Brewer's Droop #271

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HOW TO GET MASSES OF FREE PUBLICITY

The following article was written by my good friend Chris Moerdyk – from whom I continue to learn. Am very proud to carry this piece as a first-ever guest article in this blog.

With traditional mass media advertising so expensive these days some clever marketers are finding ways of vastly increasing their impact and reach.

What they do is create a TV commercial that they know is bound to offend someone and then they pay only for one or two spots.

Sure as nuts, with the level of intolerance at an all time high in South Africa somebody will complain to the advertising regulators who will immediately ban the ad for fear that it will offend the sensitivities of millions of consumers.

Such as that Chicken Licken commercial that involved a reverse-colonialism theme and in spite of showing the colonised beating the colonisers at their own game, was banned.

The complainant and the advertising regulators sat back and smiled believing that they had spared millions of South Africans the indignity of having to watch the ad.

What happened, however, was that the decision to ban the ad went viral on social media and the ad itself was shown over and over again to millions of consumers who wanted to see what the fuss was all about.

The story was also picked up by international news agencies and the ad went viral beyond our borders.

Of course, the ad agency and their client denied emphatically that they had intended any disrespect but I would guess they must have been leaping about with joy. Because instead of just getting a few thousand viewers, they got millions and millions.

All of which shows that in this day and age of social media, banning an ad only tends to make the very problem regulators were trying to solve, a million times worse.

Now, I am not suggesting for a minute that marketers should use this ploy as part of their strategy, tempting as it many be.

But, it does demonstrate that with careful planning and creative strategy, marketing budgets can be maximised without being increased.

Apart from being a corporate marketing analyst, advisor and media commentator, Chris Moerdyk is a former chairman of Bizcommunity. He was head of strategic planning and public affairs for BMW South Africa and spent 16 years in the creative and client service departments of ad agencies, ending up as resident director of Lindsay Smithers-FCB in KwaZulu-Natal. Email Chris on moerdykc@gmail.com and follow him on Twitter at @chrismoerdyk.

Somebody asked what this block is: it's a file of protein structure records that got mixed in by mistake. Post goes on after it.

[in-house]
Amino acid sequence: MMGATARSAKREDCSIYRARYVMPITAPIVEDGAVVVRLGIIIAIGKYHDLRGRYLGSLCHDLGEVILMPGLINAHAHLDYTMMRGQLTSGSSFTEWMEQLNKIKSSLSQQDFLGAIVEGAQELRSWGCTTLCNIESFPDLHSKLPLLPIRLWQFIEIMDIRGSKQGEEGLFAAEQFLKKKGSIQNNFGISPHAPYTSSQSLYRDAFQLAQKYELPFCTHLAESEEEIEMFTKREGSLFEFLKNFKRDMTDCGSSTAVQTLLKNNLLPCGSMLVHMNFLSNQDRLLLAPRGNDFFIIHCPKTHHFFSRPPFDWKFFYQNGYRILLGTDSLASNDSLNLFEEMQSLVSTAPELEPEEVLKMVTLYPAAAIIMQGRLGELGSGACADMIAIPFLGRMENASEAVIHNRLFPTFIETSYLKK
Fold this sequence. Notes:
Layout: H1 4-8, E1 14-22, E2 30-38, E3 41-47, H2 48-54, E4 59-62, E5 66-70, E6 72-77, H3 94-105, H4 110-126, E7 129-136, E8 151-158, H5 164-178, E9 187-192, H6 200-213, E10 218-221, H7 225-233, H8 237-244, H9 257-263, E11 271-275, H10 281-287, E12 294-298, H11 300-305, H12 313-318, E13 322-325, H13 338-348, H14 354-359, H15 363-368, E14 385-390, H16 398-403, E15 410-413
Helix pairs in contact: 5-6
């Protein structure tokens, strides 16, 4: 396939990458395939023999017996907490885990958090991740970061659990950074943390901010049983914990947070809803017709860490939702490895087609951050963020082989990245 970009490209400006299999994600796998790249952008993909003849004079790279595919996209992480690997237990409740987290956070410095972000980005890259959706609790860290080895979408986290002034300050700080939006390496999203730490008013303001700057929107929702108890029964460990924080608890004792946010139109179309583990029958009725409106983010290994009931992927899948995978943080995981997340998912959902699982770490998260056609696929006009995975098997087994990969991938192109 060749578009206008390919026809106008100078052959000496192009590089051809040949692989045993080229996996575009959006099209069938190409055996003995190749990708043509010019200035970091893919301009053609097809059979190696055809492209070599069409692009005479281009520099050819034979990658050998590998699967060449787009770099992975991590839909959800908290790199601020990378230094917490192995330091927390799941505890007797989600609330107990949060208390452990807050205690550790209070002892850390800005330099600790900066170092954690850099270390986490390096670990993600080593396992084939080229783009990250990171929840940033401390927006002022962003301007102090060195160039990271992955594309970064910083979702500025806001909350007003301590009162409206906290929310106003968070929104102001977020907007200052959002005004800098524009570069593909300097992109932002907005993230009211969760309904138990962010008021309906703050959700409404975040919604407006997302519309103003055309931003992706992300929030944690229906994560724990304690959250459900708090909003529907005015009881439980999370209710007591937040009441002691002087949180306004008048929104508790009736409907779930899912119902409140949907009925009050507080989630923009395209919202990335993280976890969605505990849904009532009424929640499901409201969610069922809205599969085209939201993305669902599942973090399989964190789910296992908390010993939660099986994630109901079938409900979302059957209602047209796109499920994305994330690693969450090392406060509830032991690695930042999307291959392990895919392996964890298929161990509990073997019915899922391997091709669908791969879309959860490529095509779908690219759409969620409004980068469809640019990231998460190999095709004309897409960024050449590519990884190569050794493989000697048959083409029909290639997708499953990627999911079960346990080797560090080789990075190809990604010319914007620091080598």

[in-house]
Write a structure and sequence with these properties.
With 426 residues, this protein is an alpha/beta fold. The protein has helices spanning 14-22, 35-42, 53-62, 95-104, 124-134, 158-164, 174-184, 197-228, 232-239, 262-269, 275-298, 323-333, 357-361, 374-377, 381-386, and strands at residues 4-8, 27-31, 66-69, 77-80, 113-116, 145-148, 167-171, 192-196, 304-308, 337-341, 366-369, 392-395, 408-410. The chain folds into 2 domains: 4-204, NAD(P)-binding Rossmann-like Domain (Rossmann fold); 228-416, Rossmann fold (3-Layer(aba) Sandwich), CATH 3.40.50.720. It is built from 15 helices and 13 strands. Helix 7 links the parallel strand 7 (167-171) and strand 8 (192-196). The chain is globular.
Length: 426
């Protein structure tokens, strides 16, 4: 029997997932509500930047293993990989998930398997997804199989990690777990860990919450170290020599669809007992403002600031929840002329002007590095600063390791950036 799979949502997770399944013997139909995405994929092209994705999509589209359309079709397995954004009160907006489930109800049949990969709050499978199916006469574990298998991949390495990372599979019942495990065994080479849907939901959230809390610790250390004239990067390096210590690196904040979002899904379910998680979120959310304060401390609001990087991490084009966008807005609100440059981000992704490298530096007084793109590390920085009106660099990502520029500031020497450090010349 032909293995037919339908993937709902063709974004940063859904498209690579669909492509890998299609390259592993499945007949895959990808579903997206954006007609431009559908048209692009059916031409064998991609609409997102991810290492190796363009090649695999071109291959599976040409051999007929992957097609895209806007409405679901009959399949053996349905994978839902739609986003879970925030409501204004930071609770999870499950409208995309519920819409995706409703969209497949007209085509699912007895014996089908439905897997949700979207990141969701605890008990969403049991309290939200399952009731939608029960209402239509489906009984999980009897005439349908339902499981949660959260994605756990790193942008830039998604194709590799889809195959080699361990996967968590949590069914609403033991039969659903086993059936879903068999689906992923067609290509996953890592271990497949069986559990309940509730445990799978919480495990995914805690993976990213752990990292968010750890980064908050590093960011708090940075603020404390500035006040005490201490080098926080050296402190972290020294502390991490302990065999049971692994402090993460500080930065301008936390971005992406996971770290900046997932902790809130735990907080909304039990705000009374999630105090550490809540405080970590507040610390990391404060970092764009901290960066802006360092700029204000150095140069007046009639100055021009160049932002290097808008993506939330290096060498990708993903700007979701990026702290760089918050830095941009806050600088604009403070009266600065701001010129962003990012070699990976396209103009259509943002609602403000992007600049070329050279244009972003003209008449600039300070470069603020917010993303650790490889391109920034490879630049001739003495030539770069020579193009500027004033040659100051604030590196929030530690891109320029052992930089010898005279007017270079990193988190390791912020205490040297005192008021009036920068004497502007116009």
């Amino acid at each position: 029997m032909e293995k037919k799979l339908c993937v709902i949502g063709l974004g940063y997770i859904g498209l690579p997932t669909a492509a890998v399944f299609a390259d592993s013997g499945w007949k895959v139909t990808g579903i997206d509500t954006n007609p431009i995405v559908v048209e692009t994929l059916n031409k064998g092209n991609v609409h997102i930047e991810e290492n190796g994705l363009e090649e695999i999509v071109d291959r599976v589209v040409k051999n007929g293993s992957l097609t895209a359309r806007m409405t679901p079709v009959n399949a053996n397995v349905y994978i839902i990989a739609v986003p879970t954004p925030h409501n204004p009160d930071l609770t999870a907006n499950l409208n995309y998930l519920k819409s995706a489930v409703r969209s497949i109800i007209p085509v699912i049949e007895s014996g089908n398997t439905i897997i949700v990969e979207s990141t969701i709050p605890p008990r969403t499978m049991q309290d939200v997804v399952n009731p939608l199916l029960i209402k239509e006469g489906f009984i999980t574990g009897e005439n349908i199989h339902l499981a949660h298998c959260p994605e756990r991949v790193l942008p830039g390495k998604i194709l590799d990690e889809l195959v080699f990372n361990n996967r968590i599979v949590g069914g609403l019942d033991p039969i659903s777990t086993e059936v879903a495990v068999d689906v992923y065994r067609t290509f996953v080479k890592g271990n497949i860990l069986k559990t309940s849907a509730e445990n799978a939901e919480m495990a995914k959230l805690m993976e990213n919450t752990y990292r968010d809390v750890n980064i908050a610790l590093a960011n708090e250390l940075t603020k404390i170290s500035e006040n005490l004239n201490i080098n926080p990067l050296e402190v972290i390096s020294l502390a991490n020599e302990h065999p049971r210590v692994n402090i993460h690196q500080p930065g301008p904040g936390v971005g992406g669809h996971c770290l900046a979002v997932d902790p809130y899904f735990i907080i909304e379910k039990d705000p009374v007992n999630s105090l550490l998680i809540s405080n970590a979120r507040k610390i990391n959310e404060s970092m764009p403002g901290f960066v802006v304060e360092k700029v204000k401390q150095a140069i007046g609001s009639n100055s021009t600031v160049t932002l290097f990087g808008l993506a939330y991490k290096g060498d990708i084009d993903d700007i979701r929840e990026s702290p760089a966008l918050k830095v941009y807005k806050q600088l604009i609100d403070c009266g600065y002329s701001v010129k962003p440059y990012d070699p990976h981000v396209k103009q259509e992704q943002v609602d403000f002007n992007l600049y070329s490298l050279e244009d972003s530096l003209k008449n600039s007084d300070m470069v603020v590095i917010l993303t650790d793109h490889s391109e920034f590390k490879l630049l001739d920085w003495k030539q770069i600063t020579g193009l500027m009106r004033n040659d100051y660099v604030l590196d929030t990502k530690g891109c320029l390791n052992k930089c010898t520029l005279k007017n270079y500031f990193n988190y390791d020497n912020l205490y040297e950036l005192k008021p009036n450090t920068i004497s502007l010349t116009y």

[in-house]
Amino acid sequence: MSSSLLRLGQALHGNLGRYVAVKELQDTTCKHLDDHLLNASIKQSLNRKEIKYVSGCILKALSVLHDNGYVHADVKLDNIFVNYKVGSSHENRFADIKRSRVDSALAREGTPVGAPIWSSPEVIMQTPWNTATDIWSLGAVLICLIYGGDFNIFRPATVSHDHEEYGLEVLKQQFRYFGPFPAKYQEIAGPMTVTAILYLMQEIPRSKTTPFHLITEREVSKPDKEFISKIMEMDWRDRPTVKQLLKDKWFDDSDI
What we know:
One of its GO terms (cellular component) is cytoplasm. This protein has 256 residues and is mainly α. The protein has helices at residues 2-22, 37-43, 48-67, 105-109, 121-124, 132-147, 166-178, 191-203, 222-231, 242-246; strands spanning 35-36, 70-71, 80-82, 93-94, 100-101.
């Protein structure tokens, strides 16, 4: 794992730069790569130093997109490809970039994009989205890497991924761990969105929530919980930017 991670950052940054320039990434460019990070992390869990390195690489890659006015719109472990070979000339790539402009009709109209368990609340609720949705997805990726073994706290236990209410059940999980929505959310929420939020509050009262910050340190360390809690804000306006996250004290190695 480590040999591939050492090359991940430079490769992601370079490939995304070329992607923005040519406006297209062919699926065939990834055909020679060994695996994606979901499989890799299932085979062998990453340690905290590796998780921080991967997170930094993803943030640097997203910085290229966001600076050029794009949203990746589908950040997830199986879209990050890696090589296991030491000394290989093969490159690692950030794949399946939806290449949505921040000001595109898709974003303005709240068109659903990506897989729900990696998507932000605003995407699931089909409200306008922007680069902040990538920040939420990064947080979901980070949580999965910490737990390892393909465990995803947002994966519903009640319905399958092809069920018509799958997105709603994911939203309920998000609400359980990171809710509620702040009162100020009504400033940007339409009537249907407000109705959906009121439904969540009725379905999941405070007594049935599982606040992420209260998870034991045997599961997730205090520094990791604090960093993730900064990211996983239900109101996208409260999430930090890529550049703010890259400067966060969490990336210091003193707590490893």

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Comments

  1. …and of course what’s the first thing I’m going to google or search for on YouTube?!

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  2. My wife, an incredibly fussy eater and an avid avoider of all things “mystery meat”, watched the Chicken Licken ad online, and subsequently about a dozen others, and said “now I want Chicken Licken”, and I had to go out and find her some.

    And they say advertising does not work…

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  3. Great article! Thank you!

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  4. I did it at BMW with “Chapman’s Peak, Beat the Bends” and nobody complained but a zealous ASA office bearer who took it upon him or herself to ban it anyway. The rules at that time only made provision for a competitor or member of the public to complain. Colin Adcock President of the IMM at the time came to see me and we agreed to withdraw as long an apology was in all the major newspapers the next day. That happened.

    I think that if an ad is banned for stupid reasons then it deserves to get into the social media. If it is banned for the right reasons then often the ad does itself more harm all on it’s own by getting any type of exposure.

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    • My former BMW colleague, John Jessup, will go down in advertising history as the only person that the ASA targeted without a single complaint having been laid. The beauty of this whole scenario was that in spite of the ASA trying to get Mercedes Benz to complain, they never did. And in spite of not having had social media in those days, that ad went viral anyway and to this day continues to be flighted on showreels all over the world. Well done again John,

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      • As you know Chris, the reason Merc did not complain, is that the viewer thought of Merc while watching a BMW ad. It benefitted them!

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  5. I am most honoured, Chris Brewer.

    Reply

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